So Game of Thrones finally ended its reign at HBO and it only took 73 episodes to send its fans into therapy. Ironically, some actors, including Kit Harington (a.k.a. Jon Snow), had already sought mental help when their characters initially blew up into a global passion.
But apparently, many fans of the series were not so enamoured with its finale. They took to social media, the streets, and even to therapy to vent their feelings.
It’s no surprise that some shows develop an unhealthy following. The characters and their stories come into the privacy of our homes on a regular basis for years and we’re not supposed to develop some kind of attachment?
We laugh with them. We cry with them. And when they die and are later resurrected from the grave, you’re darn tootin’ we’ll follow them into the next battle.
Game of Thrones was an emotional rollercoaster designed to test our blood pressure. Nearly every conversation revolved around preparing for war or death. There was little down time – for the characters or the audience – to process what had just happened and manage their feelings. That is, except during the extended downtime between seasons in which anticipation built to a frenzied season premiere.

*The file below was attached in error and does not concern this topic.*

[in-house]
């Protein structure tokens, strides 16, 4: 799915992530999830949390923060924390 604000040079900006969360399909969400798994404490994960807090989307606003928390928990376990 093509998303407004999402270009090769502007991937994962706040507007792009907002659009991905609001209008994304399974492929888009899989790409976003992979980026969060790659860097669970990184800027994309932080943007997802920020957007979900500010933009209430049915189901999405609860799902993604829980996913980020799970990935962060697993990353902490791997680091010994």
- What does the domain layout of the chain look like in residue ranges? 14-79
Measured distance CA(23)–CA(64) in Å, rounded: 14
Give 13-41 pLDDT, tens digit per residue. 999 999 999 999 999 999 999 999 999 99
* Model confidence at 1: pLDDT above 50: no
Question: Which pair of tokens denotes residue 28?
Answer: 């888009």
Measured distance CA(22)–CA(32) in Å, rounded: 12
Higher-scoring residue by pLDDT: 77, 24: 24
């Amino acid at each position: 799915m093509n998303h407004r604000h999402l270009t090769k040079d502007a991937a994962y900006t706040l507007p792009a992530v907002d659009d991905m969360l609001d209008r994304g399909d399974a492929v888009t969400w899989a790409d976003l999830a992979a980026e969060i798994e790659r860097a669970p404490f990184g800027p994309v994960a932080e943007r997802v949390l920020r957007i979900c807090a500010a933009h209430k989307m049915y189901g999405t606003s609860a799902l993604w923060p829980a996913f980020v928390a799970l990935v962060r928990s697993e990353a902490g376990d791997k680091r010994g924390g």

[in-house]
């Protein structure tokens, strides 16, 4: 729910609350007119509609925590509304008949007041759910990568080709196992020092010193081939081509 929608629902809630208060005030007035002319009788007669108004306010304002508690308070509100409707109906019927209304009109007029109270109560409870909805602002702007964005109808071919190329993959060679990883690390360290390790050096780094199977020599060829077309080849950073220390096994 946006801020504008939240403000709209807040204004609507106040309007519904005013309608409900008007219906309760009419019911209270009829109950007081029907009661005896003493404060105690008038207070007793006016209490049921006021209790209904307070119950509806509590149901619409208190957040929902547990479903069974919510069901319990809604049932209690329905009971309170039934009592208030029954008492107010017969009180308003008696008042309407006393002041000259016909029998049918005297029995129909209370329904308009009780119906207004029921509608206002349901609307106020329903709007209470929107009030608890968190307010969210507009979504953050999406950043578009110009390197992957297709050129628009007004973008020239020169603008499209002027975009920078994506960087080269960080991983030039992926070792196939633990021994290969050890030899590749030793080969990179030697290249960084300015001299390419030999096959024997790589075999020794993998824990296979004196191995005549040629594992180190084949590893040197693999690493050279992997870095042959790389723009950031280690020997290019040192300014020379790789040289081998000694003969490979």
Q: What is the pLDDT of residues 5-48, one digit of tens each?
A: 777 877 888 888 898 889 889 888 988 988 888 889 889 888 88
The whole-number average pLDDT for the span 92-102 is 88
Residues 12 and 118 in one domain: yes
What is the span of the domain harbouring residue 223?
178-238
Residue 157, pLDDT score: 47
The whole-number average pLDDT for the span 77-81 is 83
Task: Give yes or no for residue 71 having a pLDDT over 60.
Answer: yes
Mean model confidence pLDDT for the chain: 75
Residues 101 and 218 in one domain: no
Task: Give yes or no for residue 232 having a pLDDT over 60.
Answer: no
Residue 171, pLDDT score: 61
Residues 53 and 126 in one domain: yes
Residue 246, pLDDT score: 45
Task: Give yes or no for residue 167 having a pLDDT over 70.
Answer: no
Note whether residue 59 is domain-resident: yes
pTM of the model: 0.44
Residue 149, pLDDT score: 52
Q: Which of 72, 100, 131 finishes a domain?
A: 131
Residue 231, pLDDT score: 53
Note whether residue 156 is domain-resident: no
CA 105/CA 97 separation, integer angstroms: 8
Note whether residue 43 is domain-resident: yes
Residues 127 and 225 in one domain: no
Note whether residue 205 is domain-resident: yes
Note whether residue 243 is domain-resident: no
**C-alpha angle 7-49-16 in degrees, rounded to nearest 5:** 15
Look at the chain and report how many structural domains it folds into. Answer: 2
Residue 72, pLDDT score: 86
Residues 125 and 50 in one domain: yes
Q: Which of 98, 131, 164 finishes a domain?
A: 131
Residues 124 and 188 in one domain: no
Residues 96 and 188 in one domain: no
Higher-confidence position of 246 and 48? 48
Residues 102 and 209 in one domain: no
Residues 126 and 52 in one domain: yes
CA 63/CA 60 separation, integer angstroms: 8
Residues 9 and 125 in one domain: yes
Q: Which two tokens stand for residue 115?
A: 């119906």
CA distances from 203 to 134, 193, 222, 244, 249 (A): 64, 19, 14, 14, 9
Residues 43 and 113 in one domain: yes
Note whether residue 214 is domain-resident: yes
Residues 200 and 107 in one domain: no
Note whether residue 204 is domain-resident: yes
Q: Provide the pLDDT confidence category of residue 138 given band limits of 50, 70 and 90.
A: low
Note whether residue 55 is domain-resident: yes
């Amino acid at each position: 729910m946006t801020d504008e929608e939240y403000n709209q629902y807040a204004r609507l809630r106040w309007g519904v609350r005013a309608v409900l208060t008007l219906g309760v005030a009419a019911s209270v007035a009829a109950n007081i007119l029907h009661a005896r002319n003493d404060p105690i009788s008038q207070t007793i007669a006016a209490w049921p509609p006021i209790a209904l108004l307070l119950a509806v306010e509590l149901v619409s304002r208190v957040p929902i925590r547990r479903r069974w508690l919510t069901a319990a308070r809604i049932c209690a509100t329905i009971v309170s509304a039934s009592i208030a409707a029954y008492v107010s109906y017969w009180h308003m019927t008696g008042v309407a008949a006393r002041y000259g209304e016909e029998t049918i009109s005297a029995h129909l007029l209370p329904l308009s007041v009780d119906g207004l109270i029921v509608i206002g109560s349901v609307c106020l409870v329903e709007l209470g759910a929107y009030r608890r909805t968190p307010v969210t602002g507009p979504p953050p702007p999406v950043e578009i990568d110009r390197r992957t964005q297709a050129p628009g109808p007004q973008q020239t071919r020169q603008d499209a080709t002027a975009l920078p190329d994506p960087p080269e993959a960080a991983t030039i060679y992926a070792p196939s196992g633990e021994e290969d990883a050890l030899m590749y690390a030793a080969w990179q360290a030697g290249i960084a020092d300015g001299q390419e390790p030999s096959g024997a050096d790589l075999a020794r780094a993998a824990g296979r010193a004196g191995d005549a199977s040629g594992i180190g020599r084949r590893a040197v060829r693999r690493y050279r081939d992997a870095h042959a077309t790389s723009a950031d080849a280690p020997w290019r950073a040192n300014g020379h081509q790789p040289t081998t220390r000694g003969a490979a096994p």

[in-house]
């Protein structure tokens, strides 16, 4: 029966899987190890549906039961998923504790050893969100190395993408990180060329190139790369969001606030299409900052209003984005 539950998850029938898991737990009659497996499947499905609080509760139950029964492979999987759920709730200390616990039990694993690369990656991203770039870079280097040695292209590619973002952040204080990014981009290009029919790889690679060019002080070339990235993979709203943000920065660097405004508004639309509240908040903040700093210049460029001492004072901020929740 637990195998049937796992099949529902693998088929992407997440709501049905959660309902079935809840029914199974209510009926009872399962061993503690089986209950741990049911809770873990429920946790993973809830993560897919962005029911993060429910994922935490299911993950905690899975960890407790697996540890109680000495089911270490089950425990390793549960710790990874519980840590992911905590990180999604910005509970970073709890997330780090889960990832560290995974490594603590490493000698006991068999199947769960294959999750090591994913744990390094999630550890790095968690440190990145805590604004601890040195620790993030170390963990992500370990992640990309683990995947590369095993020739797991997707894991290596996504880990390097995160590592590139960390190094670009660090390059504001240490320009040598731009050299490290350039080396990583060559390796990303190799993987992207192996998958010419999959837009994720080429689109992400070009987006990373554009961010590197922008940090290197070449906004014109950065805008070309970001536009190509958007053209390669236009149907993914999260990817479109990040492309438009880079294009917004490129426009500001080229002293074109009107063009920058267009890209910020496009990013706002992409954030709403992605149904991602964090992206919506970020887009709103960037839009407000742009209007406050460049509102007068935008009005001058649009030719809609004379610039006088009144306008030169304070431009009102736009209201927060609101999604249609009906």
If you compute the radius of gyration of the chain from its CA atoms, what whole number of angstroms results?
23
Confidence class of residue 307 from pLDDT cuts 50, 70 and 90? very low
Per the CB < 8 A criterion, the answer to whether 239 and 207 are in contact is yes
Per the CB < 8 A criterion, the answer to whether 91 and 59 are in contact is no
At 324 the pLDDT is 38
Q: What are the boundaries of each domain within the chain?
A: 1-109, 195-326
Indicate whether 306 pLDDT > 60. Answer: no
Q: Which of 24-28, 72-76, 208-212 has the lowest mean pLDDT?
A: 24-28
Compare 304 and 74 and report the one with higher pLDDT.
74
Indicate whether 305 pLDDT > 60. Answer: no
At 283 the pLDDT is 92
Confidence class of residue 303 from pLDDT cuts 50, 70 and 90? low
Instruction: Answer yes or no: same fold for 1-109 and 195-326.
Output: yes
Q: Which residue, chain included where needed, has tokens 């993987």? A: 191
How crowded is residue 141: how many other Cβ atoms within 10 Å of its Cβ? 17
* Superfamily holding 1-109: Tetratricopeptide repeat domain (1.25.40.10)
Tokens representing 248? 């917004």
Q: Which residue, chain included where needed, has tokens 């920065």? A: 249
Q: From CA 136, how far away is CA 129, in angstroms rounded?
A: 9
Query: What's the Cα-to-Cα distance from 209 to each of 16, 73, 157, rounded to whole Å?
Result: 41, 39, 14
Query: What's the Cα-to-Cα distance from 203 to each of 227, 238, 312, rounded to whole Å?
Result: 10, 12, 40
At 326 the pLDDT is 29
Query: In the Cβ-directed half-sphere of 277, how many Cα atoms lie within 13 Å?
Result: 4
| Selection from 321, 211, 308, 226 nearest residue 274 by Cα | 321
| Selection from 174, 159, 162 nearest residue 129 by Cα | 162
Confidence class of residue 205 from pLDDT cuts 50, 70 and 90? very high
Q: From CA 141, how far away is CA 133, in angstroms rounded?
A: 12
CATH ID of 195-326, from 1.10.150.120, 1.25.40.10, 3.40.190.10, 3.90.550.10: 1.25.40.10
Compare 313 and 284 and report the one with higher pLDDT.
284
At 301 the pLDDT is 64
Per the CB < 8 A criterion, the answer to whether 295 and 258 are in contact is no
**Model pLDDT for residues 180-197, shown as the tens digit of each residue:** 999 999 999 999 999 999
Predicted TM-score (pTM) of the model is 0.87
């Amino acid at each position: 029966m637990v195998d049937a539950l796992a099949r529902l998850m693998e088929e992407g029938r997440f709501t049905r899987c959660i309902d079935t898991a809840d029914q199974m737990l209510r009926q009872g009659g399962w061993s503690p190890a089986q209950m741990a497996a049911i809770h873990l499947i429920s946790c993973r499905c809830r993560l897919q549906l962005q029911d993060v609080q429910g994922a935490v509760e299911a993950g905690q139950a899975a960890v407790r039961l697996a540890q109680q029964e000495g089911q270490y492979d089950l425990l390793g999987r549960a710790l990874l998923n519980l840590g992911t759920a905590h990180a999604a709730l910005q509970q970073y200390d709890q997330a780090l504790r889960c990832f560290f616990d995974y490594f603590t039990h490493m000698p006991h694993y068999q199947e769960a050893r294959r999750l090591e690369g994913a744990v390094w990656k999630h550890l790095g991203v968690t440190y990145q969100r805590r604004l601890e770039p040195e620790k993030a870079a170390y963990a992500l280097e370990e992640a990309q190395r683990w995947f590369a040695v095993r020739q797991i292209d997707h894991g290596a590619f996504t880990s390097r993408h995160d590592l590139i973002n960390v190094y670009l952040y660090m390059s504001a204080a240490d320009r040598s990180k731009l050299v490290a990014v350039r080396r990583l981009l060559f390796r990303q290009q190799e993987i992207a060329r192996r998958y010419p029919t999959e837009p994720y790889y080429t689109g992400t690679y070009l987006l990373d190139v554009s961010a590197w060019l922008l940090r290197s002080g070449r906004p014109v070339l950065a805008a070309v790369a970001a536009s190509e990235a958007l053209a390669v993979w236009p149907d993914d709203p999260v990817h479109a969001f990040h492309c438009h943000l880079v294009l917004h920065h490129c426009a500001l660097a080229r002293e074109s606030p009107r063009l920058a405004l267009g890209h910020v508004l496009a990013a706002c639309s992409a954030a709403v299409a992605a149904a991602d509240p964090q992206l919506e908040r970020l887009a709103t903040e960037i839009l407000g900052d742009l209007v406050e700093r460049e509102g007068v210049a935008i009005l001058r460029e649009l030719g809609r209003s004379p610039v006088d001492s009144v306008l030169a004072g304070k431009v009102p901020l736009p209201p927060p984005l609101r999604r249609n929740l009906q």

I found it odd to hear fans describe GoT as authentic to the period. Because yes, of course, there were dragons flying around between the 12th and 15th Centuries – along with the odd Starbucks cup.
But that leads to a small issue with the excessively personal connections viewers have been building up in their minds over the past eight seasons. It’s a fantasy. There should be no confusing reality and the stories of the Game of Thrones.
And yet, one cannot deny the way some viewers internalized the characters and related to them. They named their newborn children after the GoT heroes. Too bad if said characters later turned into the greatest villains.
Meanwhile, anyone who survived abuse or trauma in life likely gravitated toward Daenerys. She was the ultimate survivor, an inspiration. But her unfortunate end-story likely impacted how her fans’ saw their own.
Then there’s the simple absence of the show. When you’ve invested so much time, energy, and even your identity with something that is suddenly gone, a huge, gaping void is left.
Consequently, an estimated 10 million fans planned to take skip work after watching. Employers were told to allow staff who did show up to discuss it as a team-building exercise.
And others sought professional help. In fact, a specialized GoT counseling service was launched to that end. Psychiatric professionals with intimate knowledge of the show helped fans deal with their feelings online or in person.
I’m a strong advocate for therapy. There’s no shame in asking for help. But perhaps, instead, they should have had a psychiatric evaluation BEFORE they were allowed to watch. It’s a TV show, people.
Although, now that I think of it, most of GoT’s characters probably would have benefited from a 50-minute session once a week, too.